I picked this up in the work book sale before Christmas.
The Prologue is a bit turgid and, for me, borders on what Michael Shermer refers to as woo-woo nonsense, but fortunately, once past that, the remainder of the book is a fairly straightforward history of the European project since 1950. It's interesting to read how, from the start, the member states were limited in their ability to agree with one another, and how, in the early years, France was a particularly awkward player (for which de Gaulle was somewhat punished electorally). The author argues that the member states probably didn't intend to give the European Court as much power as it asserted in the case of Van Gend en Loos. The British remained aloof in 1950, but were later welcomed by everyone except the French. Thatcher broke the etiquette on budgets, but was more accommodating of the project than many would like to believe.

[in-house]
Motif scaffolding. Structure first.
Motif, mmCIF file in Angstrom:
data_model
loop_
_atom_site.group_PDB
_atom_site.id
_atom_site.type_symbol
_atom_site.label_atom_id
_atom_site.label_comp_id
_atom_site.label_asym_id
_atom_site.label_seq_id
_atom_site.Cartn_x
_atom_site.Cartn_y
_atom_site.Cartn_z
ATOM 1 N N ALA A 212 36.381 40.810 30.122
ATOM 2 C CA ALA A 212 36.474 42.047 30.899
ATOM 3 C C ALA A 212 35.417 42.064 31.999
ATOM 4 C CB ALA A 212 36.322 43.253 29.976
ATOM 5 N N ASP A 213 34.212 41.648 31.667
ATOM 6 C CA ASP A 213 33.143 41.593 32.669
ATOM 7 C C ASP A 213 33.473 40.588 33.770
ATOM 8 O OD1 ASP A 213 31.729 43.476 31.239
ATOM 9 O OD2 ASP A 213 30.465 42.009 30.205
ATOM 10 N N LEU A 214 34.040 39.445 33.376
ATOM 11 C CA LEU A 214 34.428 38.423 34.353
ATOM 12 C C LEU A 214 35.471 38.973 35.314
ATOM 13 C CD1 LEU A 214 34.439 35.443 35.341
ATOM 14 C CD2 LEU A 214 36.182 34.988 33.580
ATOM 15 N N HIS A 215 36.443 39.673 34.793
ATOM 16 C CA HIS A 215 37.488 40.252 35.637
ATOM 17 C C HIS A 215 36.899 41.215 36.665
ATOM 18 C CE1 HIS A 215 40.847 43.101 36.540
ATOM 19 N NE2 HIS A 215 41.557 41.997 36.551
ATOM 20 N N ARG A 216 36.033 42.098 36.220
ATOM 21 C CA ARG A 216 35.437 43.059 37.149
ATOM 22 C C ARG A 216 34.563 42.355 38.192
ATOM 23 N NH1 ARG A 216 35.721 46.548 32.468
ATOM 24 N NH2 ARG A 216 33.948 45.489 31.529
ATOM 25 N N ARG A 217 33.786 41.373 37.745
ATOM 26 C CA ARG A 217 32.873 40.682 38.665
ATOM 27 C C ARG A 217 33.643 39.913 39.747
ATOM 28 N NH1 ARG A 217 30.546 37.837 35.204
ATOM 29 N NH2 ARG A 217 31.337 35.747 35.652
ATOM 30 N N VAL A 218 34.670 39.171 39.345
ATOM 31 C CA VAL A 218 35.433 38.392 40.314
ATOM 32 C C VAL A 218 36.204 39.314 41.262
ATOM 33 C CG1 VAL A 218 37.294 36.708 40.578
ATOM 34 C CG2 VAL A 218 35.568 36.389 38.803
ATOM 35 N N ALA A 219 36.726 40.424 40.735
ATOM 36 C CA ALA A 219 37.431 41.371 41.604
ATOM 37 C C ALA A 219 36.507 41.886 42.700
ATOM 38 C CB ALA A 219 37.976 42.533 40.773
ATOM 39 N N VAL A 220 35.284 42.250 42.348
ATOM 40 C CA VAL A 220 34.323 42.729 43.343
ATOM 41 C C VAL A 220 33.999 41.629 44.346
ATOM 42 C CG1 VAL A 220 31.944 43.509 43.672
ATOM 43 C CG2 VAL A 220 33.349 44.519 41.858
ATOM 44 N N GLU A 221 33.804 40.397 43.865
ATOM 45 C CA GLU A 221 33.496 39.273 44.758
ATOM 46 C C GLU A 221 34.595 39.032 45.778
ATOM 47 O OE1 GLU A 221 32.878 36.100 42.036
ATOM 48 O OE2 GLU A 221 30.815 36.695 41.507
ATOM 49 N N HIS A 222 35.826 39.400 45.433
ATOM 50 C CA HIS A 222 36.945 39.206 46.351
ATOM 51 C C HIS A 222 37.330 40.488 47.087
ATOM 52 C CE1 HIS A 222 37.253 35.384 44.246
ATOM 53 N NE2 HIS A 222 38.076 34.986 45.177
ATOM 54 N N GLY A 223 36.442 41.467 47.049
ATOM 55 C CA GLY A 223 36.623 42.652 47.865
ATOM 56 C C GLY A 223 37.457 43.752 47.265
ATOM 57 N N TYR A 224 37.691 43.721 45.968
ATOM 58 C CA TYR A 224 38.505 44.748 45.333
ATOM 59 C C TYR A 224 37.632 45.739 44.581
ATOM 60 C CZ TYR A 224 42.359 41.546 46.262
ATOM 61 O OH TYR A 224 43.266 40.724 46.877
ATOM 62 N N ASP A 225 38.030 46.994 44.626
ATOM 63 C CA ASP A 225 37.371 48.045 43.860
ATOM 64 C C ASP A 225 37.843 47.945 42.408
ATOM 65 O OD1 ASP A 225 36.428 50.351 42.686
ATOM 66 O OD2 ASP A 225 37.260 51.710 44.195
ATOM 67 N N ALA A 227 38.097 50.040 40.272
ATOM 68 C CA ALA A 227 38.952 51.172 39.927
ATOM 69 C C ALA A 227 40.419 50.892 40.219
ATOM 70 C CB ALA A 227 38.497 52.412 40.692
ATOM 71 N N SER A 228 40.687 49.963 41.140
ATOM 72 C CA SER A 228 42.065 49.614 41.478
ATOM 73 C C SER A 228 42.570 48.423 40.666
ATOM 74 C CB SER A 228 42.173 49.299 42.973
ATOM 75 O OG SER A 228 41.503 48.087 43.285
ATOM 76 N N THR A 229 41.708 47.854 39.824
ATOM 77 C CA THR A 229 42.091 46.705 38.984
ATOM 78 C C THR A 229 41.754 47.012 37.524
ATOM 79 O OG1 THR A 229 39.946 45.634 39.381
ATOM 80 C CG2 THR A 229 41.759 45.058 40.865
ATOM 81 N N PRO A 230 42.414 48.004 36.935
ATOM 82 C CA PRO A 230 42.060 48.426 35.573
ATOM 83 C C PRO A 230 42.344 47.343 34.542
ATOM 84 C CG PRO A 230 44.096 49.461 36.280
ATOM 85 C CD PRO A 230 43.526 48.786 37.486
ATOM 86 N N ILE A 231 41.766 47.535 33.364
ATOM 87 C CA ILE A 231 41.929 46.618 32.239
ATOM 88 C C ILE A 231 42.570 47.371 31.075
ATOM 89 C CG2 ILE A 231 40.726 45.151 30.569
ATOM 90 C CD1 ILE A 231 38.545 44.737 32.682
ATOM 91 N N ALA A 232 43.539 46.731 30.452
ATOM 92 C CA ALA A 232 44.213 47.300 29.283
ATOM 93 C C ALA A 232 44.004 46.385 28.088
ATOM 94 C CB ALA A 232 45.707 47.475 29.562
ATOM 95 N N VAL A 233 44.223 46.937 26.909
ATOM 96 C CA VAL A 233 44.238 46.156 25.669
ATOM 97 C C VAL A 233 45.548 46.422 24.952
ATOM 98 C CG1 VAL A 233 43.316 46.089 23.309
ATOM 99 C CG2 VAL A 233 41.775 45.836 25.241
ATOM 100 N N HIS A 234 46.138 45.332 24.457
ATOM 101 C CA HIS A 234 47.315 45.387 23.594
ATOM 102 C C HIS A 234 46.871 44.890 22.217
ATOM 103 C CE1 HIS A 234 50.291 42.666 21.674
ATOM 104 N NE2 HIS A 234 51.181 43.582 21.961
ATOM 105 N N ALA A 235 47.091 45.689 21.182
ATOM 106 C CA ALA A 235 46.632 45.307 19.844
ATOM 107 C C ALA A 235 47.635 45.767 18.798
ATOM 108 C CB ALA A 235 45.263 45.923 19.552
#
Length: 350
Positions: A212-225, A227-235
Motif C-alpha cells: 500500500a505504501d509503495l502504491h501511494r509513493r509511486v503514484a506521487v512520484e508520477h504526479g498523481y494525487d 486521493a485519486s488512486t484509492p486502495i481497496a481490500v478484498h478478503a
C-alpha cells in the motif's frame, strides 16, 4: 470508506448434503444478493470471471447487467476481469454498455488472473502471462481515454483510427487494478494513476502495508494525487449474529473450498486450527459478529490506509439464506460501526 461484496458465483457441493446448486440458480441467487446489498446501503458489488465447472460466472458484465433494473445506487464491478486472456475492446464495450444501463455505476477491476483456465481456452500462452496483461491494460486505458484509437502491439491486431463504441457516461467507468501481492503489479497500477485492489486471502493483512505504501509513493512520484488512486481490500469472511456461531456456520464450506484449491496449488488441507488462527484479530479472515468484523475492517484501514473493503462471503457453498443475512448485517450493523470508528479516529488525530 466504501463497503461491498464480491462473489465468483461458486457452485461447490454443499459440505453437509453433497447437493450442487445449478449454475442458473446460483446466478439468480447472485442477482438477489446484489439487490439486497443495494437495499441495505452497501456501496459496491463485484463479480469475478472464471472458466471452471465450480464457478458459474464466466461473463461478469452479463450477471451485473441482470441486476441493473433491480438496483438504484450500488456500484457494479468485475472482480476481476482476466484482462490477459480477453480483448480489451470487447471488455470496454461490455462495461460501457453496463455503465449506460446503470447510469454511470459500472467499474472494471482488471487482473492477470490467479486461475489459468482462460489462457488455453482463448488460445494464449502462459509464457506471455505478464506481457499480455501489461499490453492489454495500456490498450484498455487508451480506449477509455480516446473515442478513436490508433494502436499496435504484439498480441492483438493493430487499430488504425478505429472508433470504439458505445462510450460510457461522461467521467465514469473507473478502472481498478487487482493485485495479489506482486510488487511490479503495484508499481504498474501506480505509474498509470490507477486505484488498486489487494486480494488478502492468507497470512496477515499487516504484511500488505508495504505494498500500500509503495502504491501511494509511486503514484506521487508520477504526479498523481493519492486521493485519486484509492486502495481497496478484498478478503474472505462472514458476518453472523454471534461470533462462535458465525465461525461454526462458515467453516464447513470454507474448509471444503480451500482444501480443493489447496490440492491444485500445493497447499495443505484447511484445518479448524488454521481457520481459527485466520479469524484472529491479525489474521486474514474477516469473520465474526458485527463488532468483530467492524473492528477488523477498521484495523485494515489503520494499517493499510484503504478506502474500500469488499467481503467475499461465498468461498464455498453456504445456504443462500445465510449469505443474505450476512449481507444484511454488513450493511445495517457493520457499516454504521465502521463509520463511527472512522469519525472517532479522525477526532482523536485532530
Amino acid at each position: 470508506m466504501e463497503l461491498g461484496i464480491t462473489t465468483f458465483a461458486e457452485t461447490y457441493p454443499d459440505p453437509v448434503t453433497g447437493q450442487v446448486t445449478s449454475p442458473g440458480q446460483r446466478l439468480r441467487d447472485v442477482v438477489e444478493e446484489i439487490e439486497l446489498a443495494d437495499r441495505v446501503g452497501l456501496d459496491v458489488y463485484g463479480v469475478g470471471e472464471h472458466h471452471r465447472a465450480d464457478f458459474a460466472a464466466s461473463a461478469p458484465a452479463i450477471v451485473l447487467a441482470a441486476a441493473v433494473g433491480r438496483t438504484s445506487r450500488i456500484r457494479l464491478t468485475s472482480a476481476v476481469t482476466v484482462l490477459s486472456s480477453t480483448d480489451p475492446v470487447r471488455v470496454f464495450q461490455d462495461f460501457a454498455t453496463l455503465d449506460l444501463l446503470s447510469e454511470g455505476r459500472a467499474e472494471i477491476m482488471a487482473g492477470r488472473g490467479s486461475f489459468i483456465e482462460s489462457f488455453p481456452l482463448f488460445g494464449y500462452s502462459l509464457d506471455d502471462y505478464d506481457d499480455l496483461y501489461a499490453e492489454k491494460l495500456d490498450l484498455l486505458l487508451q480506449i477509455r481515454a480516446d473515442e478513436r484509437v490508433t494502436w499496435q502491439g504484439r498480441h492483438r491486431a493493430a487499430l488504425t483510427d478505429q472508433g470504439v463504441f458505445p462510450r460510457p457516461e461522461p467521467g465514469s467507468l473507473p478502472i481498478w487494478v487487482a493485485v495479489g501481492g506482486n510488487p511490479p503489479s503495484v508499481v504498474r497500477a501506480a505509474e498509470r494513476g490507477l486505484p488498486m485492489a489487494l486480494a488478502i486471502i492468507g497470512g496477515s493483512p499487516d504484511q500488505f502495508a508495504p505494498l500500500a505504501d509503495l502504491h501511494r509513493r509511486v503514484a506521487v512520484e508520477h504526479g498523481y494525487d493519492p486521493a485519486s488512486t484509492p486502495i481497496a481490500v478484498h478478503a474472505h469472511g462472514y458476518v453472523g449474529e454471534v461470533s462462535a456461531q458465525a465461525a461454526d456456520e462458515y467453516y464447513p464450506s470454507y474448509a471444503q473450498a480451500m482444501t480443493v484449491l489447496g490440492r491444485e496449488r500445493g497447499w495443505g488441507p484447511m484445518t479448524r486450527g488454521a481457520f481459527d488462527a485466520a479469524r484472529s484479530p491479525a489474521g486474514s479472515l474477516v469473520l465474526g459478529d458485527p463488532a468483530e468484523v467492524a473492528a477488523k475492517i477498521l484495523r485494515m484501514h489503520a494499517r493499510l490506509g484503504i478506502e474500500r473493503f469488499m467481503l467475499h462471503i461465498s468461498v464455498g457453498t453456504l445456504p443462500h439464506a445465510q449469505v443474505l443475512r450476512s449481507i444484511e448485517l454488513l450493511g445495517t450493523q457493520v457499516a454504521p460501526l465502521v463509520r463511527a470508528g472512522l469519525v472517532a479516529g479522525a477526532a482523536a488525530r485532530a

The book identifies a fundamental problem: it's difficult to see "Europe" being popular as it is in the nature of the member states that any good news will be presented as their own, and bad news will be blamed on Brussels. It seems to me that Britain is particularly trapped in this as in other areas by the right wing press. The EU is far from perfect, but so are the member states.